The first Ombudsman service was set up in Sweden more than 200 years ago to give people a place to go if they had a dispute with the state.
Over time that idea has been extended so that Ombudsmen provide a free, independent service with powers intended to address the difference in financial resources and power between people, government bodies and large organisations.
Today there are Ombudsman schemes for most public services in the UK as well some covering the private sector.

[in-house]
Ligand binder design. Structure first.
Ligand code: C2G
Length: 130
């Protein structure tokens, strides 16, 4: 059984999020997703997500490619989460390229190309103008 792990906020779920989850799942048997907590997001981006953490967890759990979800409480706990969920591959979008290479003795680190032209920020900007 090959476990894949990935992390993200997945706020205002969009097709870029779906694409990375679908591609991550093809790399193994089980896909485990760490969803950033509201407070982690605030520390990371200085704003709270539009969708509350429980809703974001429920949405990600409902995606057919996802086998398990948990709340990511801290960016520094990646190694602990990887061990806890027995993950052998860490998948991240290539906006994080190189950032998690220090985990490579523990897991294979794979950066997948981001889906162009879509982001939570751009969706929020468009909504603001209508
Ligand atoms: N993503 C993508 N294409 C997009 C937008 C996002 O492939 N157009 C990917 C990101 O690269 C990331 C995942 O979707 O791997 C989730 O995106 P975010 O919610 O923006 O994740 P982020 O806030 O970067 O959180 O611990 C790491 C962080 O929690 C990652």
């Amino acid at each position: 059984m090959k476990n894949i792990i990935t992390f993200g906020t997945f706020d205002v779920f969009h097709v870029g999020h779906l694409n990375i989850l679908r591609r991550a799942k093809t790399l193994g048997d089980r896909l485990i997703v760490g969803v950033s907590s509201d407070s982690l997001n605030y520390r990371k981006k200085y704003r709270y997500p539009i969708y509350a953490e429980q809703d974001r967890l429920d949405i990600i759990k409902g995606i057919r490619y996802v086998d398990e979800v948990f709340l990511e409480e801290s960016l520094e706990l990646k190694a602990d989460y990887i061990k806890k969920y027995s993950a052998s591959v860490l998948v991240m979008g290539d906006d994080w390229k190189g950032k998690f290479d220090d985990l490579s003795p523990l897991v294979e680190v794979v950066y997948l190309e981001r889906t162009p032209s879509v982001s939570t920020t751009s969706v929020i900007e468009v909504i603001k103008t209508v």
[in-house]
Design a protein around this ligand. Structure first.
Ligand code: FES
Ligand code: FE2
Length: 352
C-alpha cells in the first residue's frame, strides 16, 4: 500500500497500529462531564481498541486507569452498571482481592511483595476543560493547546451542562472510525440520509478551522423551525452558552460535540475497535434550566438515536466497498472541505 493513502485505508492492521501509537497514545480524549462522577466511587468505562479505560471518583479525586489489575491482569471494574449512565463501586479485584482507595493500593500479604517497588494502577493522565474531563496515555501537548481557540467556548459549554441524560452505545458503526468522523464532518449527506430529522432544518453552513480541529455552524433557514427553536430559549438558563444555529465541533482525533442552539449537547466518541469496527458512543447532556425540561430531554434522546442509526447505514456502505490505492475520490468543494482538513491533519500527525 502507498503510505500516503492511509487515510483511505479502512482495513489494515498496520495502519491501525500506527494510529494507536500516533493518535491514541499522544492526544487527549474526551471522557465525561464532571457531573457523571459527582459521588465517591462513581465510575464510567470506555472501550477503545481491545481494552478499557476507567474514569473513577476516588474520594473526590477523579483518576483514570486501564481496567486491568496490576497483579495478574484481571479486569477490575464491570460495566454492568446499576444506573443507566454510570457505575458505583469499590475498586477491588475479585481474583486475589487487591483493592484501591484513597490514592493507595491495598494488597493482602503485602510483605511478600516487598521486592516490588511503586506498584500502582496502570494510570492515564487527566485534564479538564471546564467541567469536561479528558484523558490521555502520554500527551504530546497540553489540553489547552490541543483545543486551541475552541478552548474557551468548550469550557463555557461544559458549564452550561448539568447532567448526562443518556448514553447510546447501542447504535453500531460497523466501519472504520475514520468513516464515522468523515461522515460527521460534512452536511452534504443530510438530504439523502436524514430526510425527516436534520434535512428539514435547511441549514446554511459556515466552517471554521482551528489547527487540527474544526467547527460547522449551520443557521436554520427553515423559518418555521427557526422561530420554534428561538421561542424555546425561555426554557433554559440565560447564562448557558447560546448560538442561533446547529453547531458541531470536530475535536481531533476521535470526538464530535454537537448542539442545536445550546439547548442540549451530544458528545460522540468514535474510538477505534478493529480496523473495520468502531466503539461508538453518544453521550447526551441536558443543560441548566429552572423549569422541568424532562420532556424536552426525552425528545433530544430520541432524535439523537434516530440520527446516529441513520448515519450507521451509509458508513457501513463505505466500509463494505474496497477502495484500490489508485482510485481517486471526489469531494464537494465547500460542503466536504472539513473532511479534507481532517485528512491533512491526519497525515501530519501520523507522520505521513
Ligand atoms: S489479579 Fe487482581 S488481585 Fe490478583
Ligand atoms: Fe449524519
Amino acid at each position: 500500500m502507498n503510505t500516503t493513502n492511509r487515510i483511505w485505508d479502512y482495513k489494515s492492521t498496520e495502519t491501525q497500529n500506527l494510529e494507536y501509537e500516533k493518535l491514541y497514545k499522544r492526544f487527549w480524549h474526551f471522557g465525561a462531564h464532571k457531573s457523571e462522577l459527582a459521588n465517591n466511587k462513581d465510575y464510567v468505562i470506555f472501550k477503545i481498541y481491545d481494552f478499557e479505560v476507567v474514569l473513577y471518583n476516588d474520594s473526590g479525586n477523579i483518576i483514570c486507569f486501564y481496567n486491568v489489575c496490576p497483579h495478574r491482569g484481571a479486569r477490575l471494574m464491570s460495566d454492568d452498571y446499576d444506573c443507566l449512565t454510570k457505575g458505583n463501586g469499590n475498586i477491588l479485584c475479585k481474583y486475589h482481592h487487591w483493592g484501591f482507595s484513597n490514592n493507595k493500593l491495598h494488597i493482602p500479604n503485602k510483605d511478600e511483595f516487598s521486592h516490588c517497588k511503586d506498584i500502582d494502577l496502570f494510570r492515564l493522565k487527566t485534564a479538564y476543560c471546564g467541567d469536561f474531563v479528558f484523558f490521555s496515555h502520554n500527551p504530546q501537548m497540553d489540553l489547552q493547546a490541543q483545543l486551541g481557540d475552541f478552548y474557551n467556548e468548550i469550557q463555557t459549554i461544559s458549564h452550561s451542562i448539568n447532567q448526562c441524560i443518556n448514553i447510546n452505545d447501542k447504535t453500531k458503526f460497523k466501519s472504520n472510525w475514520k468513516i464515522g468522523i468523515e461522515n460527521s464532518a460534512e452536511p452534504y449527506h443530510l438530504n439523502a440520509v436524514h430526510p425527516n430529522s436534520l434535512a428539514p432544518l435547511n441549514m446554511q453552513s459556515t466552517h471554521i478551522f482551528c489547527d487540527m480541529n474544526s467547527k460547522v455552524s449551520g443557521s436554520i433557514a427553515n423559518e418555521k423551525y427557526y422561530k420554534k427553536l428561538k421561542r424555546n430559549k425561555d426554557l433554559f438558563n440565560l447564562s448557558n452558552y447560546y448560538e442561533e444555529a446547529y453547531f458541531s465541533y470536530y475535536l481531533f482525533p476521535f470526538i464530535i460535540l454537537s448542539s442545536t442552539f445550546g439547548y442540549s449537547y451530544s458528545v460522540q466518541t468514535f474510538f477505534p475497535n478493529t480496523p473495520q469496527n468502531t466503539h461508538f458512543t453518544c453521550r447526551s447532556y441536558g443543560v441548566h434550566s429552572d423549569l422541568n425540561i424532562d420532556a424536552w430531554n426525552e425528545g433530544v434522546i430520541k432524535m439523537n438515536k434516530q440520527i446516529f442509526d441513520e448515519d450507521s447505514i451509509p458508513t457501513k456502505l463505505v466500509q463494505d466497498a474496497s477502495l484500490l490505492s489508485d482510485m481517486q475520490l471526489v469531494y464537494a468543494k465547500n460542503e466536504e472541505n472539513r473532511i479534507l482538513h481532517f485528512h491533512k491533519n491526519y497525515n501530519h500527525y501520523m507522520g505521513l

If you use an Ombudsman service you can expect them to:
- provide a free service which means people who can’t afford to take someone to court can get help to sort out a problem
- ask both parties to try and resolve a problem before starting a formal investigation
- be fair and impartial, they are not advocates or consumer champions
- identify injustice and seek to put it right, usually this will mean making sure someone hasn’t lost out because of a problem.
Some Ombudsmen also look at whether or not there is a wider problem within an organisation or industry.
You can find out more about what Ombudsmen do and search for organisations that may be able to help you on the Ombudsman Association website.